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Commentary

Cruz Exposes Kamala's Border Trip: She's 800 Miles off - Chicago Is Closer to DC Than Kamala Will Be to the Eye of the Storm

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Finally. Months after being given an amorphous role in ending the border crisis, Vice President Kamala Harris is going to visit the border.

If only she were going to the part of the border where the border crisis is.

Politico’s Daniel Lippman reported Wednesday that Harris was making the trip to El Paso, Texas “amid an unrelenting chorus of criticism from Republicans over her failure to visit there.” Given the tone, one is halfway surprised Lippman didn’t say Republicans were “pouncing” on the fact that Harris hasn’t visited the border as part of their “unrelenting chorus of criticism,” but I digress.

“Earlier this year, the President asked the Vice President to oversee our diplomatic efforts to address the root causes of migration from El Salvador, Guatemala and Honduras,” Harris spokeswoman Symone Sanders in a statement, according to Politico.

“As a part of this ongoing work, the Vice President traveled to Guatemala and Mexico earlier this month and will travel to El Paso on Friday.”

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This sounds perfectly reasonable — except for where Harris picked to visit. As Texas GOP Sen. Ted Cruz noted, she’s not even close to where the problem is.

“Where the crisis is most acute is in the Rio Grande Valley, which is 800 miles away from El Paso,” Cruz told the Fort Worth Star-Telegram.

“To put that in perspective, Chicago, Illinois, is closer to Washington than McAllen is to El Paso.”

He made similar remarks in an appearance on Fox News.



He noted that “El Paso is on the western tip of Texas, the Rio Grande Valley is almost on the southern tip of Texas.”

Texas’ other senator, Republican John Cornyn, agreed.

“My recommendation is that she go to the, to ground zero, which is the Rio Grande Valley. El Paso is a much different situation than the Valley. This Valley is really at the eye of the storm,” Cornyn said, according to the Star-Telegram.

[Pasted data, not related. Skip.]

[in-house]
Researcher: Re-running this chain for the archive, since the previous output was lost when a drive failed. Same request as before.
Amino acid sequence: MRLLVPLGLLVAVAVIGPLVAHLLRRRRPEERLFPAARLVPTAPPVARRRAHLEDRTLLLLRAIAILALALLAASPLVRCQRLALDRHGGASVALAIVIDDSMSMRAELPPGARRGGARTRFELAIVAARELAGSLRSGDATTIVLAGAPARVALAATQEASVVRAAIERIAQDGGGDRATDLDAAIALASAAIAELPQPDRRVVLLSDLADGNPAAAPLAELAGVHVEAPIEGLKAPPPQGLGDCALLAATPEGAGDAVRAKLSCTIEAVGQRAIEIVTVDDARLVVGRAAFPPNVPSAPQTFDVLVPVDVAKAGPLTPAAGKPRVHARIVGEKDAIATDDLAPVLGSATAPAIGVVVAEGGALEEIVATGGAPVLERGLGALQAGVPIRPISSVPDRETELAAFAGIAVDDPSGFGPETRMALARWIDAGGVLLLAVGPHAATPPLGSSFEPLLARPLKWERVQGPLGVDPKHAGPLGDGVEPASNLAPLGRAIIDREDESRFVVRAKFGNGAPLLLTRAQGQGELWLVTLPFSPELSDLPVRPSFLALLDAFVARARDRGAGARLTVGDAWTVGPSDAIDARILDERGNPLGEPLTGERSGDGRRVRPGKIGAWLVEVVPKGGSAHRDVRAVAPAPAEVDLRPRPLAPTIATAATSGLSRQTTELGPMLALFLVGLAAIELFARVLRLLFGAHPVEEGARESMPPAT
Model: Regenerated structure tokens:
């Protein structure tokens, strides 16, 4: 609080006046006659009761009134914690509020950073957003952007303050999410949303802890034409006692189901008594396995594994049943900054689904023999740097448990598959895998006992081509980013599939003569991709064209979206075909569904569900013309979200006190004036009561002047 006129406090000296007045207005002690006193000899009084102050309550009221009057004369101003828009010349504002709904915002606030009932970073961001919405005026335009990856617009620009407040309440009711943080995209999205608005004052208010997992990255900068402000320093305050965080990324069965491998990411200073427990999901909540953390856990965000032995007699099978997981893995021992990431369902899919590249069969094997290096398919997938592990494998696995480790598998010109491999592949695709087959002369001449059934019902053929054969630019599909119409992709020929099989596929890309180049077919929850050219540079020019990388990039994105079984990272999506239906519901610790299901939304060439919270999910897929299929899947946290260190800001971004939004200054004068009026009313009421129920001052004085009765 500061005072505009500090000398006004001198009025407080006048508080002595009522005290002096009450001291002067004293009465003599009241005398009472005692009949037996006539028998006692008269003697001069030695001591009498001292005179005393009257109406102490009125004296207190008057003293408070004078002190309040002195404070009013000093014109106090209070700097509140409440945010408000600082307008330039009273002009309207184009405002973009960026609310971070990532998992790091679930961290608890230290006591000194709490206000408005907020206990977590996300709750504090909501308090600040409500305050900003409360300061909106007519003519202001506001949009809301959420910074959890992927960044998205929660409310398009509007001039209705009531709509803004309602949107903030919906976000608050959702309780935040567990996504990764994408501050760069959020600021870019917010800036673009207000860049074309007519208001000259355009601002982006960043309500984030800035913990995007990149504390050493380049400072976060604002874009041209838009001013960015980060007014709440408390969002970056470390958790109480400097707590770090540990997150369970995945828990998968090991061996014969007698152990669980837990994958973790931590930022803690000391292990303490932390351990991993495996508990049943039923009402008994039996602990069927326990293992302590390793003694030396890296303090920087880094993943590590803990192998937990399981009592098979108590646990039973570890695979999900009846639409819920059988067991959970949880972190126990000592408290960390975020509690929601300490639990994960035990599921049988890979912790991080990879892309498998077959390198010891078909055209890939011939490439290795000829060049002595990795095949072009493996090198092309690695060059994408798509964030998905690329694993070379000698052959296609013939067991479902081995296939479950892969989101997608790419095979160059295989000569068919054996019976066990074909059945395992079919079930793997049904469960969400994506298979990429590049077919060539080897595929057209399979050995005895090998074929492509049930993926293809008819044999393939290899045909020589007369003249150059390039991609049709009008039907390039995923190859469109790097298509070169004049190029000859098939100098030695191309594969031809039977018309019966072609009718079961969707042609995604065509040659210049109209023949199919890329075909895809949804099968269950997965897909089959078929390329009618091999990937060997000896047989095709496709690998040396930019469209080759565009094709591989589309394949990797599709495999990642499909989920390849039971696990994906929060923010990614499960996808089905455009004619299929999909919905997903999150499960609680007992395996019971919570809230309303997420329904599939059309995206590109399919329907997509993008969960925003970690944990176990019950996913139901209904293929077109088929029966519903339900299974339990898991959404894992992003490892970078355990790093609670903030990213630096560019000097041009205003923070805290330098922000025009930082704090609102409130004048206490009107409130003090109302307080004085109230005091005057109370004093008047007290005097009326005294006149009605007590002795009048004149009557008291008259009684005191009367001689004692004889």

Cornyn added that “it’s a good start but obviously the purpose is not for a photo op. It’s to actually listen and learn from the people who live there and work there.”

So far in the 2020-21 fiscal year (which ends in October), Customs and Border Protection data show there have been fewer than half the land encounters in the El Paso Sector — which primarily covers the land border in New Mexico — as there have been in the Rio Grande Valley Sector.

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Between October 2020 and May 2021, 271,927 encounters were recorded in the Rio Grande Valley Sector, compared with 113,824 in the El Paso Sector.

In May — a month that saw the most border encounters in two decades — the Rio Grande saw 50,793 encounters, with only 22,219 in the El Paso region.

This line of criticism mightn’t have got any traction if this visit were coming earlier in the crisis — or if Harris and the White House had managed the issue better.

After visiting Mexico and Guatemala earlier this month, Harris sat down for an interview with NBC News’ Lester Holt where she seemed beyond unprepared for a question regarding when she would visit the southern border.

“At some point, you know — we are going to the border. We’ve been to the border,” Harris said.

“You haven’t been to the border,” Holt replied.

“And I haven’t been to Europe,” Harris said, laughing. “And I mean, I don’t understand the point that you’re making. I’m not discounting the importance of the border.”

After the interview, the White House tried to reframe criticism of Harris’ answer as the veep bravely standing up to Republican criticism.